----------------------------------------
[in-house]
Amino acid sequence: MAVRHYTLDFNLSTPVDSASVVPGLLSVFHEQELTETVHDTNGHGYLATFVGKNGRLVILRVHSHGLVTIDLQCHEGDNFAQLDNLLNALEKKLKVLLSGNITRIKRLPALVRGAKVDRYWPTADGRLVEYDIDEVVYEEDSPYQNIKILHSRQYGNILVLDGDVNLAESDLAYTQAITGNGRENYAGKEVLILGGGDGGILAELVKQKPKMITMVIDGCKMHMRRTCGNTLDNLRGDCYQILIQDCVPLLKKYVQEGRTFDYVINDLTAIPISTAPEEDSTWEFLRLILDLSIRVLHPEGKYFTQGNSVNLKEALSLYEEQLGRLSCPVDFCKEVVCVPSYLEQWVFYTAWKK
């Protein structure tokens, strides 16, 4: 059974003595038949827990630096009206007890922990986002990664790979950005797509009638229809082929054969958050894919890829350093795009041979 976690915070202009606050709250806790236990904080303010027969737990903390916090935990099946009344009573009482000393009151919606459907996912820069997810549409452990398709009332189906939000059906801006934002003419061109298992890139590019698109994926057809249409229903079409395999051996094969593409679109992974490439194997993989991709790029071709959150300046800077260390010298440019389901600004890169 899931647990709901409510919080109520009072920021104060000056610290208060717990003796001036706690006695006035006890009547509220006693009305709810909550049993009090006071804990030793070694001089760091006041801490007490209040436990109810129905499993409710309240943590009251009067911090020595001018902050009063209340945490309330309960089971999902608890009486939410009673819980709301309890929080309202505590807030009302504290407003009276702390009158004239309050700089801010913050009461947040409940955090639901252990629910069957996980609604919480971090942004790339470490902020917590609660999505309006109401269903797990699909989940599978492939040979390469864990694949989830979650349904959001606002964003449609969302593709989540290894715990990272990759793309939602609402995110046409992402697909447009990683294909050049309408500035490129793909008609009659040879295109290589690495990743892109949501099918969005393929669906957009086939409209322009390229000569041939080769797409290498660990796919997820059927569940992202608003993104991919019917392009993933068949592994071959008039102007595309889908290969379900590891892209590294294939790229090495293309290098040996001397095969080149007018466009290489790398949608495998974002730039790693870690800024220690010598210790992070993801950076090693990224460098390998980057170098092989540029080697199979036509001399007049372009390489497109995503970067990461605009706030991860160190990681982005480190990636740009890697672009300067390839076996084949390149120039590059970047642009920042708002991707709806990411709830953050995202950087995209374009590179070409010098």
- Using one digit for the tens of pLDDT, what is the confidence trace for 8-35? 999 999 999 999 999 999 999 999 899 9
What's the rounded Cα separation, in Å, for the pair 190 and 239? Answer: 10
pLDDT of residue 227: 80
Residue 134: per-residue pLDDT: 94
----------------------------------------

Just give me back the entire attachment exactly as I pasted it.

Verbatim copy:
[in-house]
Amino acid sequence: MAVRHYTLDFNLSTPVDSASVVPGLLSVFHEQELTETVHDTNGHGYLATFVGKNGRLVILRVHSHGLVTIDLQCHEGDNFAQLDNLLNALEKKLKVLLSGNITRIKRLPALVRGAKVDRYWPTADGRLVEYDIDEVVYEEDSPYQNIKILHSRQYGNILVLDGDVNLAESDLAYTQAITGNGRENYAGKEVLILGGGDGGILAELVKQKPKMITMVIDGCKMHMRRTCGNTLDNLRGDCYQILIQDCVPLLKKYVQEGRTFDYVINDLTAIPISTAPEEDSTWEFLRLILDLSIRVLHPEGKYFTQGNSVNLKEALSLYEEQLGRLSCPVDFCKEVVCVPSYLEQWVFYTAWKK
């Protein structure tokens, strides 16, 4: 059974003595038949827990630096009206007890922990986002990664790979950005797509009638229809082929054969958050894919890829350093795009041979 976690915070202009606050709250806790236990904080303010027969737990903390916090935990099946009344009573009482000393009151919606459907996912820069997810549409452990398709009332189906939000059906801006934002003419061109298992890139590019698109994926057809249409229903079409395999051996094969593409679109992974490439194997993989991709790029071709959150300046800077260390010298440019389901600004890169 899931647990709901409510919080109520009072920021104060000056610290208060717990003796001036706690006695006035006890009547509220006693009305709810909550049993009090006071804990030793070694001089760091006041801490007490209040436990109810129905499993409710309240943590009251009067911090020595001018902050009063209340945490309330309960089971999902608890009486939410009673819980709301309890929080309202505590807030009302504290407003009276702390009158004239309050700089801010913050009461947040409940955090639901252990629910069957996980609604919480971090942004790339470490902020917590609660999505309006109401269903797990699909989940599978492939040979390469864990694949989830979650349904959001606002964003449609969302593709989540290894715990990272990759793309939602609402995110046409992402697909447009990683294909050049309408500035490129793909008609009659040879295109290589690495990743892109949501099918969005393929669906957009086939409209322009390229000569041939080769797409290498660990796919997820059927569940992202608003993104991919019917392009993933068949592994071959008039102007595309889908290969379900590891892209590294294939790229090495293309290098040996001397095969080149007018466009290489790398949608495998974002730039790693870690800024220690010598210790992070993801950076090693990224460098390998980057170098092989540029080697199979036509001399007049372009390489497109995503970067990461605009706030991860160190990681982005480190990636740009890697672009300067390839076996084949390149120039590059970047642009920042708002991707709806990411709830953050995202950087995209374009590179070409010098």
- Using one digit for the tens of pLDDT, what is the confidence trace for 8-35? 999 999 999 999 999 999 999 999 899 9
What's the rounded Cα separation, in Å, for the pair 190 and 239? Answer: 10
pLDDT of residue 227: 80
Residue 134: per-residue pLDDT: 94